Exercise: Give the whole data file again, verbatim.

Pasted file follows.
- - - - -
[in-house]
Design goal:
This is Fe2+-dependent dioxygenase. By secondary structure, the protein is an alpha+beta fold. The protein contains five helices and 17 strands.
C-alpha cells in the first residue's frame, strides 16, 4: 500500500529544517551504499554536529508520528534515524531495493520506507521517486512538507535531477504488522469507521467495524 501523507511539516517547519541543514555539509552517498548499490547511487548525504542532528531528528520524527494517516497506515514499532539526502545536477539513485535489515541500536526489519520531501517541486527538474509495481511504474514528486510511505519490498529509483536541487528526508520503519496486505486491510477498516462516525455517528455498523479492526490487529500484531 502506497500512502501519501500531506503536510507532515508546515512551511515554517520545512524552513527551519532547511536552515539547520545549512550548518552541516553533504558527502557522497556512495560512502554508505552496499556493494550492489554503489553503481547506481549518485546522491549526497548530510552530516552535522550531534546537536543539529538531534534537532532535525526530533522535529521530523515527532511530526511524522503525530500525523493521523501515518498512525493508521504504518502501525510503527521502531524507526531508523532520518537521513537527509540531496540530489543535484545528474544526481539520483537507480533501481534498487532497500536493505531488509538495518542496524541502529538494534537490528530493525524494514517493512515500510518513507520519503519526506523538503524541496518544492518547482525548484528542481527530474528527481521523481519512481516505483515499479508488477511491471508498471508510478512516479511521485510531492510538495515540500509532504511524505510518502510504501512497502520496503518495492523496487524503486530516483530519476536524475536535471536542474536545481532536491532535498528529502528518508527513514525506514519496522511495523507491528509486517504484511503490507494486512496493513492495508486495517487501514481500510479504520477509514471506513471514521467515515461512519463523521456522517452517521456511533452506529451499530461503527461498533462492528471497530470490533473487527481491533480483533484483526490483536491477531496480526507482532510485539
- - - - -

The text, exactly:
[in-house]
Design goal:
This is Fe2+-dependent dioxygenase. By secondary structure, the protein is an alpha+beta fold. The protein contains five helices and 17 strands.
C-alpha cells in the first residue's frame, strides 16, 4: 500500500529544517551504499554536529508520528534515524531495493520506507521517486512538507535531477504488522469507521467495524 501523507511539516517547519541543514555539509552517498548499490547511487548525504542532528531528528520524527494517516497506515514499532539526502545536477539513485535489515541500536526489519520531501517541486527538474509495481511504474514528486510511505519490498529509483536541487528526508520503519496486505486491510477498516462516525455517528455498523479492526490487529500484531 502506497500512502501519501500531506503536510507532515508546515512551511515554517520545512524552513527551519532547511536552515539547520545549512550548518552541516553533504558527502557522497556512495560512502554508505552496499556493494550492489554503489553503481547506481549518485546522491549526497548530510552530516552535522550531534546537536543539529538531534534537532532535525526530533522535529521530523515527532511530526511524522503525530500525523493521523501515518498512525493508521504504518502501525510503527521502531524507526531508523532520518537521513537527509540531496540530489543535484545528474544526481539520483537507480533501481534498487532497500536493505531488509538495518542496524541502529538494534537490528530493525524494514517493512515500510518513507520519503519526506523538503524541496518544492518547482525548484528542481527530474528527481521523481519512481516505483515499479508488477511491471508498471508510478512516479511521485510531492510538495515540500509532504511524505510518502510504501512497502520496503518495492523496487524503486530516483530519476536524475536535471536542474536545481532536491532535498528529502528518508527513514525506514519496522511495523507491528509486517504484511503490507494486512496493513492495508486495517487501514481500510479504520477509514471506513471514521467515515461512519463523521456522517452517521456511533452506529451499530461503527461498533462492528471497530470490533473487527481491533480483533484483526490483536491477531496480526507482532510485539